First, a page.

Adaptive responses of the embryos of birds and reptiles to spatial and temporal variations in nest temperatures

Wei-Guo Du, Richard Shine, Liang Ma, Bao-Jun Sun

Research output: Contribution to journalReview articlepeer-review

11 Citations (Scopus)

Abstract

Natural nests of egg-laying birds and reptiles exhibit substantial thermal variation, at a range of spatial and temporal scales. Rates and trajectories of embryonic development are highly sensitive to temperature, favouring an ability of embryos to respond adaptively (i.e. match their developmental biology to local thermal regimes). Spatially, thermal variation can be significant within a single nest (top to bottom), among adjacent nests (as a function of shading, nest depth etc.), across populations that inhabit areas with different weather conditions, and across species that differ in climates occupied and/or nest characteristics. Thermal regimes also vary temporally, in ways that generate differences among nests within a single population (e.g. due to seasonal timing of laying), among populations and across species. Anthropogenic activities (e.g. habitat clearing, climate change) add to this spatial and temporal diversity in thermal regimes. We review published literature on embryonic adaptations to spatio-temporal heterogeneity in nest temperatures. Although relatively few taxa have been studied in detail, and proximate mechanisms remain unclear, our review identifies many cases in which natural selection appears to have fine-tuned embryogenesis to match local thermal regimes. Developmental rates have been reported to differ between uppermost versus lower eggs within a single nest, between eggs laid early versus late in the season, and between populations from cooler versus warmer climates. We identify gaps in our understanding of thermal adaptations of early (embryonic) phases of the life history, and suggest fruitful opportunities for future research.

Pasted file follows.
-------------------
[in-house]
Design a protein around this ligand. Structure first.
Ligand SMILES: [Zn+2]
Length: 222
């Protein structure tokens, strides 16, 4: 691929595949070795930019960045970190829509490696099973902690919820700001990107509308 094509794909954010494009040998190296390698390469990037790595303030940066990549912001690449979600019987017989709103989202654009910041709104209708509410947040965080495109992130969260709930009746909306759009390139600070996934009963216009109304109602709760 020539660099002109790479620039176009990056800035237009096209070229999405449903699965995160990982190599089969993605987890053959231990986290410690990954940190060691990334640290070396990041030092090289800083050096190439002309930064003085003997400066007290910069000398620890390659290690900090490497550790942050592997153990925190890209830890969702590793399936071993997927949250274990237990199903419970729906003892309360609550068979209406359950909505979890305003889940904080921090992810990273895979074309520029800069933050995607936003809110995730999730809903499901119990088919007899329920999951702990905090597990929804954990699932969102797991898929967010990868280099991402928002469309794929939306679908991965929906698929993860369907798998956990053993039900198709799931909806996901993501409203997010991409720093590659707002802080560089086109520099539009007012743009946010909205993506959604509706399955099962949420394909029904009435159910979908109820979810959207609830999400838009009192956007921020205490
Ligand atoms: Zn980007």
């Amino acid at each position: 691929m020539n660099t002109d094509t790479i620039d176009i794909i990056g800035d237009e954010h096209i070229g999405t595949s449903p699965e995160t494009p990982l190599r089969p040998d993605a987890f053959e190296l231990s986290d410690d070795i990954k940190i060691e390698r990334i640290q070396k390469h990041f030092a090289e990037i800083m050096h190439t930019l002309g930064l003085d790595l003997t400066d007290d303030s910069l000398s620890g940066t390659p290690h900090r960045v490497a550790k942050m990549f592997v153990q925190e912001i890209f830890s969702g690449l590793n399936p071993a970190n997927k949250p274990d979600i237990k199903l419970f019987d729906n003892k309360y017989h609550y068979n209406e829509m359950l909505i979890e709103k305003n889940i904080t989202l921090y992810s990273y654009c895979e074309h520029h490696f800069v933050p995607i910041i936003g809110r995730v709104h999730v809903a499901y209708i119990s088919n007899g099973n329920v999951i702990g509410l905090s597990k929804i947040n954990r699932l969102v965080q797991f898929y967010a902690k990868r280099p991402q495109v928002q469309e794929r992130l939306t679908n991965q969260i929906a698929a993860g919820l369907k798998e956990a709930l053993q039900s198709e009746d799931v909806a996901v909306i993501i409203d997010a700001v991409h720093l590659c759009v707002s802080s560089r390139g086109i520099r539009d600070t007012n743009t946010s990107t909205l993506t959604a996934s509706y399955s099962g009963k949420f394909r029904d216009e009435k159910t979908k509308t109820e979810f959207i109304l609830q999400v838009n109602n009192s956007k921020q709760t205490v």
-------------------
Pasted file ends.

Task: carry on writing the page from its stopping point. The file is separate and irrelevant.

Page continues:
Original languageEnglish
Article number20192078
Pages (from-to)1-8
Number of pages8
JournalProceedings. Biological sciences
Volume286
Issue number1915
DOIs
Publication statusPublished - 20 Nov 2019

Keywords

  • embryonic development
  • geographical variation
  • local adaptation
  • oviparity
  • seasonal shift
  • temporal adaptation

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